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MetLife Inc. was not trying to weaken the Financial Stability Oversight Council through its legal challenge of being designated a systemically important financial institution, the insurer said Wednesday.
In a letter to the editor of The New York Times, MetLife General Counsel Ricardo A. Anzaldua said that contrary to an April 4 New York Times editorial, “MetLife has consistently expressed support for robust regulation of the life insurance industry.”
MetLife, along with American International Group Inc. and Prudential Insurance Co., were designated as a SIFI by the FSOC, but it's the only insurer to challenge the designation in court.
SIFIs are subject to additional reporting and financial stress testing.
On March 30, U.S. District of Columbia Judge Rosemary M. Collyer rescinded MetLife's SIFI designation in an opinion that remains sealed.
In his letter published Wednesday, Mr. Anzaldua said MetLife was appealing it designation through “an avenue of judicial review specifically provided” in part of the Dodd-Frank Wall Street Reform and Consumer Protection Act of 2010, which created the FSOC.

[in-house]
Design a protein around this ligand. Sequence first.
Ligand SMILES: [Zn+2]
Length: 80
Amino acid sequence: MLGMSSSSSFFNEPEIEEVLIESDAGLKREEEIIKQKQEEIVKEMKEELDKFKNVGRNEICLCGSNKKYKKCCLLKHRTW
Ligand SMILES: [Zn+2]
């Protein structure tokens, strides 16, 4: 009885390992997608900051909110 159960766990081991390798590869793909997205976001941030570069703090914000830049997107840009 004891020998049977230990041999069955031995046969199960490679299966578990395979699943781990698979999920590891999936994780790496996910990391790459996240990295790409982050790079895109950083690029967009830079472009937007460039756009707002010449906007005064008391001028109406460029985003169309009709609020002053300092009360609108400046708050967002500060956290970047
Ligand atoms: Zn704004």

“In its appeal of its designation, MetLife is not trying to weaken the oversight council; it is furthering the standards and procedures that Congress created,” said Mr. Anzaldua in the letter. “Dodd-Frank sets forth a detailed set of criteria for determining whether an entity is systemically risky, or too big to fail. The oversight council's designation of MetLife satisfied only one of those criteria, the obvious one: that MetLife is a large institution.”
(Reuters) — The U.S. government and the country's largest life insurer squared off in federal court on Wednesday over whether regulators can designate nonbanking firms as “too big to fail,” one of the major reforms that followed the financial crisis.